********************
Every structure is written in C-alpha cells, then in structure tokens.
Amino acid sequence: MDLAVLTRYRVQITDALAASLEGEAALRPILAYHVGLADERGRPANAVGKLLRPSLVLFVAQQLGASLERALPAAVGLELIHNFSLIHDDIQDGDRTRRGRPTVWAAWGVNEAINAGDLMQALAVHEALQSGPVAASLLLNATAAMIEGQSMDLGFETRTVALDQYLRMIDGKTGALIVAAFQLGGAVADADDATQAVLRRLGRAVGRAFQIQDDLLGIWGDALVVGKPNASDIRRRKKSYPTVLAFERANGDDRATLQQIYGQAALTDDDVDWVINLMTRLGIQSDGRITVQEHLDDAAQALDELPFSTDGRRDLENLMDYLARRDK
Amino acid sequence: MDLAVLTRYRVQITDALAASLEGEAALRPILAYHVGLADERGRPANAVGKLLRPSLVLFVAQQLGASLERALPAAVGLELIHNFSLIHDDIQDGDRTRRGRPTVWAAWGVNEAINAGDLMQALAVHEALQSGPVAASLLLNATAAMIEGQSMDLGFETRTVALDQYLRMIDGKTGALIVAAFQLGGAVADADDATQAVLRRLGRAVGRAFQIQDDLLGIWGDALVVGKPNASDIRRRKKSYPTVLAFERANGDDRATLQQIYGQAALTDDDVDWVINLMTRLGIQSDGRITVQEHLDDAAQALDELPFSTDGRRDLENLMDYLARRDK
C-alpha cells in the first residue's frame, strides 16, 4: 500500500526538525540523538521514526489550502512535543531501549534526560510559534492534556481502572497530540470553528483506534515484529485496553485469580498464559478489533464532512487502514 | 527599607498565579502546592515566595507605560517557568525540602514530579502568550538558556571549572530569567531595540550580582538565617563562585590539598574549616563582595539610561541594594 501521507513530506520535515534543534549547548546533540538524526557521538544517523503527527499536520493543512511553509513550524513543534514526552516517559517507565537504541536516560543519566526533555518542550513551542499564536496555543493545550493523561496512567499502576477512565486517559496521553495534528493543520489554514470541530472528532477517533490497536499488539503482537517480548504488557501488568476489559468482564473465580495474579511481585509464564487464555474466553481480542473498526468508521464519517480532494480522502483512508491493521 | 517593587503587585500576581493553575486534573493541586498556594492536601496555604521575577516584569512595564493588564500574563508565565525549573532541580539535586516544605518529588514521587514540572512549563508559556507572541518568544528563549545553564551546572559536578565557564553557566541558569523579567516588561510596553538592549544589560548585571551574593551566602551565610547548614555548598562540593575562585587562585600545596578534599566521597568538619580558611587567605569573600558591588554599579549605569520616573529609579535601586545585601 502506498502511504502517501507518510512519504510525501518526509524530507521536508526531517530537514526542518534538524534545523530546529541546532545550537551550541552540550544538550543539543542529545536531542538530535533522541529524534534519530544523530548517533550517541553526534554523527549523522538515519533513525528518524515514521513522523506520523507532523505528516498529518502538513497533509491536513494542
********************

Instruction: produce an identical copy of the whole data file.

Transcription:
Every structure is written in C-alpha cells, then in structure tokens.
Amino acid sequence: MDLAVLTRYRVQITDALAASLEGEAALRPILAYHVGLADERGRPANAVGKLLRPSLVLFVAQQLGASLERALPAAVGLELIHNFSLIHDDIQDGDRTRRGRPTVWAAWGVNEAINAGDLMQALAVHEALQSGPVAASLLLNATAAMIEGQSMDLGFETRTVALDQYLRMIDGKTGALIVAAFQLGGAVADADDATQAVLRRLGRAVGRAFQIQDDLLGIWGDALVVGKPNASDIRRRKKSYPTVLAFERANGDDRATLQQIYGQAALTDDDVDWVINLMTRLGIQSDGRITVQEHLDDAAQALDELPFSTDGRRDLENLMDYLARRDK
Amino acid sequence: MDLAVLTRYRVQITDALAASLEGEAALRPILAYHVGLADERGRPANAVGKLLRPSLVLFVAQQLGASLERALPAAVGLELIHNFSLIHDDIQDGDRTRRGRPTVWAAWGVNEAINAGDLMQALAVHEALQSGPVAASLLLNATAAMIEGQSMDLGFETRTVALDQYLRMIDGKTGALIVAAFQLGGAVADADDATQAVLRRLGRAVGRAFQIQDDLLGIWGDALVVGKPNASDIRRRKKSYPTVLAFERANGDDRATLQQIYGQAALTDDDVDWVINLMTRLGIQSDGRITVQEHLDDAAQALDELPFSTDGRRDLENLMDYLARRDK
C-alpha cells in the first residue's frame, strides 16, 4: 500500500526538525540523538521514526489550502512535543531501549534526560510559534492534556481502572497530540470553528483506534515484529485496553485469580498464559478489533464532512487502514 | 527599607498565579502546592515566595507605560517557568525540602514530579502568550538558556571549572530569567531595540550580582538565617563562585590539598574549616563582595539610561541594594 501521507513530506520535515534543534549547548546533540538524526557521538544517523503527527499536520493543512511553509513550524513543534514526552516517559517507565537504541536516560543519566526533555518542550513551542499564536496555543493545550493523561496512567499502576477512565486517559496521553495534528493543520489554514470541530472528532477517533490497536499488539503482537517480548504488557501488568476489559468482564473465580495474579511481585509464564487464555474466553481480542473498526468508521464519517480532494480522502483512508491493521 | 517593587503587585500576581493553575486534573493541586498556594492536601496555604521575577516584569512595564493588564500574563508565565525549573532541580539535586516544605518529588514521587514540572512549563508559556507572541518568544528563549545553564551546572559536578565557564553557566541558569523579567516588561510596553538592549544589560548585571551574593551566602551565610547548614555548598562540593575562585587562585600545596578534599566521597568538619580558611587567605569573600558591588554599579549605569520616573529609579535601586545585601 502506498502511504502517501507518510512519504510525501518526509524530507521536508526531517530537514526542518534538524534545523530546529541546532545550537551550541552540550544538550543539543542529545536531542538530535533522541529524534534519530544523530548517533550517541553526534554523527549523522538515519533513525528518524515514521513522523506520523507532523505528516498529518502538513497533509491536513494542